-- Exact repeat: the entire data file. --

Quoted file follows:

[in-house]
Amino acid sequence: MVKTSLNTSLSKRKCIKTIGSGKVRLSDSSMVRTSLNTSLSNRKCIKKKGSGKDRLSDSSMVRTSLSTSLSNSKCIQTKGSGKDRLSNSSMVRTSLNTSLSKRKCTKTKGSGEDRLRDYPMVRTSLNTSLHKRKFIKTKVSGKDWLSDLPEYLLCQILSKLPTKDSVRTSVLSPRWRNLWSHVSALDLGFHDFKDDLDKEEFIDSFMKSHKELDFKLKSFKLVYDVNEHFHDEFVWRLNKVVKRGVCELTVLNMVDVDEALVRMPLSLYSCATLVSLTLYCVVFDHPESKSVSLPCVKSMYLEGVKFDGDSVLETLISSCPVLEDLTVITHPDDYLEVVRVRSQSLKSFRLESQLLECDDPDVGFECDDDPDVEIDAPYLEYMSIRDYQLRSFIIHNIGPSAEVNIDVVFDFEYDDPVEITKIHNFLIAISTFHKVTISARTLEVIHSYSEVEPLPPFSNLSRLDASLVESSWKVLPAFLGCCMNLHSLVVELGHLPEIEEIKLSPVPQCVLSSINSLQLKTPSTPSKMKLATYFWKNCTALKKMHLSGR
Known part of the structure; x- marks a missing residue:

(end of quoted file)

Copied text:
[in-house]
Amino acid sequence: MVKTSLNTSLSKRKCIKTIGSGKVRLSDSSMVRTSLNTSLSNRKCIKKKGSGKDRLSDSSMVRTSLSTSLSNSKCIQTKGSGKDRLSNSSMVRTSLNTSLSKRKCTKTKGSGEDRLRDYPMVRTSLNTSLHKRKFIKTKVSGKDWLSDLPEYLLCQILSKLPTKDSVRTSVLSPRWRNLWSHVSALDLGFHDFKDDLDKEEFIDSFMKSHKELDFKLKSFKLVYDVNEHFHDEFVWRLNKVVKRGVCELTVLNMVDVDEALVRMPLSLYSCATLVSLTLYCVVFDHPESKSVSLPCVKSMYLEGVKFDGDSVLETLISSCPVLEDLTVITHPDDYLEVVRVRSQSLKSFRLESQLLECDDPDVGFECDDDPDVEIDAPYLEYMSIRDYQLRSFIIHNIGPSAEVNIDVVFDFEYDDPVEITKIHNFLIAISTFHKVTISARTLEVIHSYSEVEPLPPFSNLSRLDASLVESSWKVLPAFLGCCMNLHSLVVELGHLPEIEEIKLSPVPQCVLSSINSLQLKTPSTPSKMKLATYFWKNCTALKKMHLSGR
Known part of the structure; x- marks a missing residue: